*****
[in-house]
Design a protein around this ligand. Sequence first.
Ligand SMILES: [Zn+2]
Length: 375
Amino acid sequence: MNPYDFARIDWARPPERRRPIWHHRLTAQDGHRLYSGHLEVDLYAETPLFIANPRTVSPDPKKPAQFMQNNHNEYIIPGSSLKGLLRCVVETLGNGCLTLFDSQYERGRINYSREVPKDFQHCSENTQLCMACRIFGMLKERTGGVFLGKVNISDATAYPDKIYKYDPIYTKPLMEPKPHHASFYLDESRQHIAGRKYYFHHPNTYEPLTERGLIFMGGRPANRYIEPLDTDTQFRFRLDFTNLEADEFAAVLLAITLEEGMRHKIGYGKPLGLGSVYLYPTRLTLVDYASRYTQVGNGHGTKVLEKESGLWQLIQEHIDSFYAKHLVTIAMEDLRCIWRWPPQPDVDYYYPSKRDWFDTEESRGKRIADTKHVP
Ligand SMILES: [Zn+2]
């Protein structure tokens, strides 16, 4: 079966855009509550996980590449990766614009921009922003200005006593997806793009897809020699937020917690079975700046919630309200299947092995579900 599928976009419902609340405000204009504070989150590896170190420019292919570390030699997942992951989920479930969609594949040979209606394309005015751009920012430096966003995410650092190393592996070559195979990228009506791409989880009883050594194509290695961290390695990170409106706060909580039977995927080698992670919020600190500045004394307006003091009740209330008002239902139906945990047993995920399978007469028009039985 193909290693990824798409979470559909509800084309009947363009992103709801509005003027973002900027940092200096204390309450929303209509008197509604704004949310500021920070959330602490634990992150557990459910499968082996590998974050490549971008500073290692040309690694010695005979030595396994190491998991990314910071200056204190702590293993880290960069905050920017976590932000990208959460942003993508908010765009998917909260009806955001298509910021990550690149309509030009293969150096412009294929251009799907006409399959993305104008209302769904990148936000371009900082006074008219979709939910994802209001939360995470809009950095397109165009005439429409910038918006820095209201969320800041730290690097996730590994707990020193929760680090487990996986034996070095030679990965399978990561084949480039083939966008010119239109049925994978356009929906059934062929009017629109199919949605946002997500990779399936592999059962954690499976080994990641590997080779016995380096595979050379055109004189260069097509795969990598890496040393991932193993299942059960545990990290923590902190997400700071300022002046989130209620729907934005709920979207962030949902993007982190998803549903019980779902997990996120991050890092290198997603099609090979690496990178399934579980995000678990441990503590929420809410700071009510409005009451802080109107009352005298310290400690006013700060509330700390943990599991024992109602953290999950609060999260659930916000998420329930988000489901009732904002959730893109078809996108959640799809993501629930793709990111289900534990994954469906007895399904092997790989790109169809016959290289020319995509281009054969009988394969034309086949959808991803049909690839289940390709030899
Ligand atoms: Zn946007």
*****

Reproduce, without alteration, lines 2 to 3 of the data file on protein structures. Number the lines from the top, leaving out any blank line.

Design a protein around this ligand. Sequence first.
Ligand SMILES: [Zn+2]